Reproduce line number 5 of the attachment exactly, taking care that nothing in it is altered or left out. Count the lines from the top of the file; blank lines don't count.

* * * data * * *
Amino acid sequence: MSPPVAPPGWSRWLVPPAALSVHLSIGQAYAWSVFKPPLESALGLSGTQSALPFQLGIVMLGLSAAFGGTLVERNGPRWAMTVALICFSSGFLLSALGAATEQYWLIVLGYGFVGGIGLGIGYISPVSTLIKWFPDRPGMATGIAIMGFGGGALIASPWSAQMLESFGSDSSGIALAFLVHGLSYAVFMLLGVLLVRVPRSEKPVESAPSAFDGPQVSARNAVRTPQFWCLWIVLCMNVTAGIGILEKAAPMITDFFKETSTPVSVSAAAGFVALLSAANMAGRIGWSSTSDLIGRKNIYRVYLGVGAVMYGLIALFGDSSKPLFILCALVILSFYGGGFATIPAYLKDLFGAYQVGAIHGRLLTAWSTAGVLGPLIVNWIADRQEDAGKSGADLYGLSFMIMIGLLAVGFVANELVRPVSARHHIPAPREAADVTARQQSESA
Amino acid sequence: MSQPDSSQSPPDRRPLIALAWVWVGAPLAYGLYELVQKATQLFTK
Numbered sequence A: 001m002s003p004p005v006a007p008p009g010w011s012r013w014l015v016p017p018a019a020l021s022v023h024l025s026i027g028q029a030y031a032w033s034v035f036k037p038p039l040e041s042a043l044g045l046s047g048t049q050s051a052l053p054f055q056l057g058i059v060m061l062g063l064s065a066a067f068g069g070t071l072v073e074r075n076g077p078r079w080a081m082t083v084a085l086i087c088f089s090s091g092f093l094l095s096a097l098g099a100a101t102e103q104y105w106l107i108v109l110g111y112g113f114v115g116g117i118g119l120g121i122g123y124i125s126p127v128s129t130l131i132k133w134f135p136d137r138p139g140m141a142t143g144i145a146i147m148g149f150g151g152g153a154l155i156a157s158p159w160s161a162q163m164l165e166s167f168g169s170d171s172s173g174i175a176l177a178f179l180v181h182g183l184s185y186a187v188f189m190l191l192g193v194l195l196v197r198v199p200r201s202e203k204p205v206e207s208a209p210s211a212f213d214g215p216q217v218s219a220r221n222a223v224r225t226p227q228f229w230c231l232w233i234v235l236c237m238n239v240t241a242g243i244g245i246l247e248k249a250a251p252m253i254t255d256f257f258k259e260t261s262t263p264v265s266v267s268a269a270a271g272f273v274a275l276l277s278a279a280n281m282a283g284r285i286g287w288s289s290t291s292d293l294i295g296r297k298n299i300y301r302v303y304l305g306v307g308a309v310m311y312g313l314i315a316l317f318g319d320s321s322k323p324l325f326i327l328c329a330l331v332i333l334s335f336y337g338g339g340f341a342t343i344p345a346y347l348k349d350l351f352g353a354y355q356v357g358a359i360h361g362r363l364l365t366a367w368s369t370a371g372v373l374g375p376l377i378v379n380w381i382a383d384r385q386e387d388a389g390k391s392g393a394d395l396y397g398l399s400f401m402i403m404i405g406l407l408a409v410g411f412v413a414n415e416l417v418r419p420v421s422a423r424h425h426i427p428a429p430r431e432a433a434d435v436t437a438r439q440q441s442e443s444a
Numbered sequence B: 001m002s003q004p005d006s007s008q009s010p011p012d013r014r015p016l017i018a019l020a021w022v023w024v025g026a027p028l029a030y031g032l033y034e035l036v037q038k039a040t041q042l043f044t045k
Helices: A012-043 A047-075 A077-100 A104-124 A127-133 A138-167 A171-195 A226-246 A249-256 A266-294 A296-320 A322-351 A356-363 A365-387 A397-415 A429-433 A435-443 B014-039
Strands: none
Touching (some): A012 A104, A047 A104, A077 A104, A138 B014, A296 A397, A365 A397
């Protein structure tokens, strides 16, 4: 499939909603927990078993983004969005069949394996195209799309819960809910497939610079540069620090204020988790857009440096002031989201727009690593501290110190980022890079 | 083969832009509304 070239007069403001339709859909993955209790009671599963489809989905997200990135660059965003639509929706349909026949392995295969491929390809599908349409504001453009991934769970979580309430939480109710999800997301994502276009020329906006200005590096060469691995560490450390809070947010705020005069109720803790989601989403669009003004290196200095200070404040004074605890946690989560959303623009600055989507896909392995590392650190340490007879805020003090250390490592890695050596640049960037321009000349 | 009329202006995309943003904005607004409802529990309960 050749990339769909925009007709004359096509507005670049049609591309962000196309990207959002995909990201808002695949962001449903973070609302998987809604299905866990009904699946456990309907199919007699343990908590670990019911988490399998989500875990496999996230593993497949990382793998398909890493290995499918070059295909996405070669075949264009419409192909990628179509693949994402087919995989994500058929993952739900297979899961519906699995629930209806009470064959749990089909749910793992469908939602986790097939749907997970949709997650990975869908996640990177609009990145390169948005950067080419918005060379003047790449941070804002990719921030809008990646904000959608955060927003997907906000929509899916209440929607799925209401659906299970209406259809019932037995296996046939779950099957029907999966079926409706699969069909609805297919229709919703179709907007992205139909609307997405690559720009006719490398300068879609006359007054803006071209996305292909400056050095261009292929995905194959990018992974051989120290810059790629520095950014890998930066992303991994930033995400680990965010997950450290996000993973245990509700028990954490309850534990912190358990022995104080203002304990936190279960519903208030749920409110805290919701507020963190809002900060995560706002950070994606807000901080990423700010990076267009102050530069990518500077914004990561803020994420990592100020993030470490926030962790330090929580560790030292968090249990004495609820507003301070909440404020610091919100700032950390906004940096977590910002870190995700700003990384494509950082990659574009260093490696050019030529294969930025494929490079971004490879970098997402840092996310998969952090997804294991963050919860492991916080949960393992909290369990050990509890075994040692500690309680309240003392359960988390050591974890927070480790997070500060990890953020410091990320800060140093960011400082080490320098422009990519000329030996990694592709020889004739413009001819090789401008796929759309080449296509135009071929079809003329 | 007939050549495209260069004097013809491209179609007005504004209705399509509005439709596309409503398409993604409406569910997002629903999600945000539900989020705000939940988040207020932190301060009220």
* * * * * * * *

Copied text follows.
Helices: A012-043 A047-075 A077-100 A104-124 A127-133 A138-167 A171-195 A226-246 A249-256 A266-294 A296-320 A322-351 A356-363 A365-387 A397-415 A429-433 A435-443 B014-039